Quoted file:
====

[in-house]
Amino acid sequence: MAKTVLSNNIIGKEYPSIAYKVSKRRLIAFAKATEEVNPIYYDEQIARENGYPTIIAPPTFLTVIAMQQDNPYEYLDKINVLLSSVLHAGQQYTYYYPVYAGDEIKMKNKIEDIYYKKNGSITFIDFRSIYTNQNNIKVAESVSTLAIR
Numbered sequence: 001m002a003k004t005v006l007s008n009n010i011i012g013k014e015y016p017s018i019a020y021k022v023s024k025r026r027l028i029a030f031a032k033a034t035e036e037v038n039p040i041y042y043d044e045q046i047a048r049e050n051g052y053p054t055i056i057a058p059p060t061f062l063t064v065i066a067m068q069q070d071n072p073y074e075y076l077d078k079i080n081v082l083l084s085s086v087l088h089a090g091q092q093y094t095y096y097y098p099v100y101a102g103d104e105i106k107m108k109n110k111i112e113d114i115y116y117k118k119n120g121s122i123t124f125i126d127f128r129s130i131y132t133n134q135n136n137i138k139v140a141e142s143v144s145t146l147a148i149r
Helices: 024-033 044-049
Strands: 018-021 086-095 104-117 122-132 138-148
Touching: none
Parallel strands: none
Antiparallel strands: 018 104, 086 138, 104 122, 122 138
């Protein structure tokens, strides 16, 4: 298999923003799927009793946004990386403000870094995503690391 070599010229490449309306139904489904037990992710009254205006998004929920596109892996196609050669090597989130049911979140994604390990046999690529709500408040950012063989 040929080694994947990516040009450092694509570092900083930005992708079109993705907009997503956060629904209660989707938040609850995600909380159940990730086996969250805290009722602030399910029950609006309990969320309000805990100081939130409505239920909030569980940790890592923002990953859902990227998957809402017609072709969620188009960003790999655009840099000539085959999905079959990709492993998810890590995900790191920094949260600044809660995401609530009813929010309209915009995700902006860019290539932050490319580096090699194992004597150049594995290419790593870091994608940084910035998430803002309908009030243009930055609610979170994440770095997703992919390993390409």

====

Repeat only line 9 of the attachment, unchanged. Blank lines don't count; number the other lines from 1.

């Protein structure tokens, strides 16, 4: 298999923003799927009793946004990386403000870094995503690391 070599010229490449309306139904489904037990992710009254205006998004929920596109892996196609050669090597989130049911979140994604390990046999690529709500408040950012063989 040929080694994947990516040009450092694509570092900083930005992708079109993705907009997503956060629904209660989707938040609850995600909380159940990730086996969250805290009722602030399910029950609006309990969320309000805990100081939130409505239920909030569980940790890592923002990953859902990227998957809402017609072709969620188009960003790999655009840099000539085959999905079959990709492993998810890590995900790191920094949260600044809660995401609530009813929010309209915009995700902006860019290539932050490319580096090699194992004597150049594995290419790593870091994608940084910035998430803002309908009030243009930055609610979170994440770095997703992919390993390409």